2022-2025 Strategic Directions

EAST Strategic Directions 2022-2025

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January 2023

The Eastern Academic Scholars’ Trust (EAST) is among the largest shared print programs in the United States, with over 100 member libraries across 15 states. As of January 2023 member libraries have committed to retain over 10 million print monographs and over 37,000 print serials through June 30, 2031. Over the last three years, EAST has:

  • Grown the membership substantially, including the addition of our first consortial members
  • Expanded participation in the two national federations for shared print: the Rosemont Shared Print Alliance and the Partnership for Shared Book Collections
  • Integrated the Gold Rush Library Comparator Tool as a lower cost alternative for collection analysis work
  • Finalized registration of the EAST collective collection in WorldCat and the PAPR database
  • Completed the first formal assessment of the membership.

In early 2022 the EAST Executive Committee (EC) established a task force to develop an updated strategic plan for EAST that would provide a set of high-level directions for EAST’s work over the coming two to three years.  The task force includes four representatives from the EC:

  • Andrew White, Wesleyan University
  • Anna Gold, Worcester Polytechnic Institute
  • Boaz Nadav-Manes, Lehigh University
  • Matthew Sheehy, Brandeis University

Susan Stearns, EAST Project Director, and Matthew Revitt, the EAST Shared Print Consultant, completed the task force.

The task force began by undertaking an exercise to identify the current needs of the library and scholarly community related to shared print and collection management, to review ways in which EAST is distinctly positioned to meet those needs, and to evaluate EAST in the context of other library services..

Based on this work and  further discussions with the task force as well as the full EAST Executive Committee, the following major areas of focus for EAST have been identified as priorities in the coming years. These priorities epitomize the importance of ensuring that EAST sustains the value it provides to individual member libraries and their users as well as the broader scholarly community. The mission of EAST remains focused on safeguarding  the scholarly and cultural heritage through thoughtful and systematic preservation of print.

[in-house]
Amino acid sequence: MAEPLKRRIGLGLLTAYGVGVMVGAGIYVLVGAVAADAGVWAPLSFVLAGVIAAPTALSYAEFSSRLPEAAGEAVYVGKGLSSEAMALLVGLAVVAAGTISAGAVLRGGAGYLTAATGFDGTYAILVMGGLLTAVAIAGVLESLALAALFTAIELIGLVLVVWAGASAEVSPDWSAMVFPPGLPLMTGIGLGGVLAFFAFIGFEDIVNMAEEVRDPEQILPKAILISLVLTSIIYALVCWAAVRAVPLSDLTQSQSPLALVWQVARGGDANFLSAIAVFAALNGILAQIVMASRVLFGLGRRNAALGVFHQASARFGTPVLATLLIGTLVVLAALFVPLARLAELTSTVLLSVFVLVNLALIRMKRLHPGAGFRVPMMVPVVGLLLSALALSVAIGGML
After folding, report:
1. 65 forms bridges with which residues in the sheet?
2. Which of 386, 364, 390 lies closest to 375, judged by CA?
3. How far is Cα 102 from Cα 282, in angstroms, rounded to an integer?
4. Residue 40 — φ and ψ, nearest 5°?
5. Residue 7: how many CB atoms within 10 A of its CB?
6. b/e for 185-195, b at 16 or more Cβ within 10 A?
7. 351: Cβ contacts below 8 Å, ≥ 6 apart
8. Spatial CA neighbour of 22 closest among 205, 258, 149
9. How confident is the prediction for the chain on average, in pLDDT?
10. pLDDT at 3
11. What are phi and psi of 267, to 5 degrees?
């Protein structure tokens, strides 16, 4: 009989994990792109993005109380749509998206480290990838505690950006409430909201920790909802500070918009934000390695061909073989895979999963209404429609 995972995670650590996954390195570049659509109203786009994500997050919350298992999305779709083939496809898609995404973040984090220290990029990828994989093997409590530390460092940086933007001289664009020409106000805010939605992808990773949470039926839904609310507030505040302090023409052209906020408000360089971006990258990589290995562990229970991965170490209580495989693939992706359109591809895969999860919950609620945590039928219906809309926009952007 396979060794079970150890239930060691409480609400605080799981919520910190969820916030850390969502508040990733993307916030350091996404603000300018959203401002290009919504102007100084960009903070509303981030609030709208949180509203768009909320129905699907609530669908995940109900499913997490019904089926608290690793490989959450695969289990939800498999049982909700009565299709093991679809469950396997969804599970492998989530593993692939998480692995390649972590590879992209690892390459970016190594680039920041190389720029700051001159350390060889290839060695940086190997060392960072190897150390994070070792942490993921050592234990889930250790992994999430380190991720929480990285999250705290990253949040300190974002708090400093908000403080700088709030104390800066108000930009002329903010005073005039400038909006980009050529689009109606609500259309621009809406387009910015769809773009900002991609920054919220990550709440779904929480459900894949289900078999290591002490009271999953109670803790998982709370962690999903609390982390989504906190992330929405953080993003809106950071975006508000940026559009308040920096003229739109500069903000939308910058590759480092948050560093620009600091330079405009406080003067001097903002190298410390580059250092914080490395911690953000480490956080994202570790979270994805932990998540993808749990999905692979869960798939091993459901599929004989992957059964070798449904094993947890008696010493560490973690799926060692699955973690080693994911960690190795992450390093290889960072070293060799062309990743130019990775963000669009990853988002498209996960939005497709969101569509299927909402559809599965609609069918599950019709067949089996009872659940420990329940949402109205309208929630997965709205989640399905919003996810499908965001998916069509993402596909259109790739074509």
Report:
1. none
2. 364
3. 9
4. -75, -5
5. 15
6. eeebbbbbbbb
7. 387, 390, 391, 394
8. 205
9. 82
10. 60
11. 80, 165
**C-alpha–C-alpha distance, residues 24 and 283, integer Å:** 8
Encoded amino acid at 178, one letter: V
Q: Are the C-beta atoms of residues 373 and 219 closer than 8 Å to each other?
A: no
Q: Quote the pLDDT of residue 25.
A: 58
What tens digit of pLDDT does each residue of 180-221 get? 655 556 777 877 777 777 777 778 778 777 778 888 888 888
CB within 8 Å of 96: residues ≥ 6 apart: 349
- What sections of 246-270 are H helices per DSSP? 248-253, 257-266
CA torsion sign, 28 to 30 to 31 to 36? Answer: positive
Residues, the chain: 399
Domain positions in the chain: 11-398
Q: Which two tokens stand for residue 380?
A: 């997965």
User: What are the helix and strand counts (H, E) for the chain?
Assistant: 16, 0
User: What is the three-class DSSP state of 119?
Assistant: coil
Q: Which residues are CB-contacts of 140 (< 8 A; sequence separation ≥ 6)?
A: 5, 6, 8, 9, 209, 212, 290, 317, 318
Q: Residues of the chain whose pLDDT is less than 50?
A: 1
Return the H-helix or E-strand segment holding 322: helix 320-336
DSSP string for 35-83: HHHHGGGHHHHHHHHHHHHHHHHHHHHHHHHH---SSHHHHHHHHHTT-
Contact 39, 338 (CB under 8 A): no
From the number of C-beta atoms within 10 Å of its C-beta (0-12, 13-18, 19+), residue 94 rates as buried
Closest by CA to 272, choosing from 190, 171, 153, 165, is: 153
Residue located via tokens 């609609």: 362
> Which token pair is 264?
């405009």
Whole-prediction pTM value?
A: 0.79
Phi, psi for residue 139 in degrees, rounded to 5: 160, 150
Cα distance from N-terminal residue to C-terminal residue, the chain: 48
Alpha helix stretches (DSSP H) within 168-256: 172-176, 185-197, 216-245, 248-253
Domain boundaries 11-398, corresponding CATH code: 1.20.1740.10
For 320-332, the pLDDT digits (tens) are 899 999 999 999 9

(Note that the strategic directions below are not listed in any priority order and EAST anticipates undertaking initiatives that cross multiple focus areas.)

Support the collection building and management strategies of member libraries – EAST has played an important role in advocating for and facilitating the development of tools and infrastructure to support the growth of shared print. In the coming years, EAST will actively work with vendors and service providers to further this work by embedding shared print in local collection management and resource sharing. Expanding access to the EAST collective collection, including support for links to digital surrogates for EAST print resources, is already underway. And, as new resource sharing services are being introduced, EAST is exploring opportunities to expand the EAST lending network. While specific tactics for achieving the objectives may not be clear today, EAST will continue to work with its members to maximize access to the EAST collective collection and provide services that directly support reducing the burden and costs of shared print to individual member libraries.